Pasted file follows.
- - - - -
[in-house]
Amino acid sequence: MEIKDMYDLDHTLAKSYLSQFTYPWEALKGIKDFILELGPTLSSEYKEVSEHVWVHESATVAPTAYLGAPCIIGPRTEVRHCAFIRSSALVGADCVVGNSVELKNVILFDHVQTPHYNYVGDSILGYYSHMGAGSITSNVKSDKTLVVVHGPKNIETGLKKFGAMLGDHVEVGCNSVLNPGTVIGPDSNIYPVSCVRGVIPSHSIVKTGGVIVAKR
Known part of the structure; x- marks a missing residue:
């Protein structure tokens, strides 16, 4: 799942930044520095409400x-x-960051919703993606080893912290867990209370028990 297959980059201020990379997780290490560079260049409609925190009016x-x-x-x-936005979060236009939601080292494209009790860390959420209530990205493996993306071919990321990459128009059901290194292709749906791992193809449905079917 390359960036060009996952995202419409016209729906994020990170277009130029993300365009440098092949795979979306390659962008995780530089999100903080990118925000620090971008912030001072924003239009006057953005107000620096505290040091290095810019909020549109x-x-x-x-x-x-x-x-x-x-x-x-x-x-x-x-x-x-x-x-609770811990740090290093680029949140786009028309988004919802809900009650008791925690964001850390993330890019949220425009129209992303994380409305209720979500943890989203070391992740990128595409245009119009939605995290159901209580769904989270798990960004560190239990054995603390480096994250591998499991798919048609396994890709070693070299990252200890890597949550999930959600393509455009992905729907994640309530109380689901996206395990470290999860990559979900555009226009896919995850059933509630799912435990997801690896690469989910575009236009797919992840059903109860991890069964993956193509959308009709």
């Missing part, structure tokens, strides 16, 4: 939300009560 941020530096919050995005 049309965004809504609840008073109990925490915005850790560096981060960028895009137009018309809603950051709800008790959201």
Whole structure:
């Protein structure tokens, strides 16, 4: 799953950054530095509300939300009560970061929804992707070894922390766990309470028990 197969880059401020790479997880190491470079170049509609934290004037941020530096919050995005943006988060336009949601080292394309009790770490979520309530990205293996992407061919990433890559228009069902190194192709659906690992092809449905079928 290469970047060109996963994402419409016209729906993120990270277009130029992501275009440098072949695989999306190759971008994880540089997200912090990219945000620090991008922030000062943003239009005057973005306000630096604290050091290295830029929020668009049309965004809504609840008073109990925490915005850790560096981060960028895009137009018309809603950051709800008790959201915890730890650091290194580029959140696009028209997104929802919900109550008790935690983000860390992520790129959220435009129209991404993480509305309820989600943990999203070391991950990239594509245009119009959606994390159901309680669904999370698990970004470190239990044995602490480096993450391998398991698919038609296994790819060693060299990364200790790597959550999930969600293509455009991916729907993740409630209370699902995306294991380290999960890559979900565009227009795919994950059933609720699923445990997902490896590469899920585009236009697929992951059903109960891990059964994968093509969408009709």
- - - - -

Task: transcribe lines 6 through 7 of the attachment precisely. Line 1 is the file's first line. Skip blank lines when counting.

Whole structure:
């Protein structure tokens, strides 16, 4: 799953950054530095509300939300009560970061929804992707070894922390766990309470028990 197969880059401020790479997880190491470079170049509609934290004037941020530096919050995005943006988060336009949601080292394309009790770490979520309530990205293996992407061919990433890559228009069902190194192709659906690992092809449905079928 290469970047060109996963994402419409016209729906993120990270277009130029992501275009440098072949695989999306190759971008994880540089997200912090990219945000620090991008922030000062943003239009005057973005306000630096604290050091290295830029929020668009049309965004809504609840008073109990925490915005850790560096981060960028895009137009018309809603950051709800008790959201915890730890650091290194580029959140696009028209997104929802919900109550008790935690983000860390992520790129959220435009129209991404993480509305309820989600943990999203070391991950990239594509245009119009959606994390159901309680669904999370698990970004470190239990044995602490480096993450391998398991698919038609296994790819060693060299990364200790790597959550999930969600293509455009991916729907993740409630209370699902995306294991380290999960890559979900565009227009795919994950059933609720699923445990997902490896590469899920585009236009697929992951059903109960891990059964994968093509969408009709």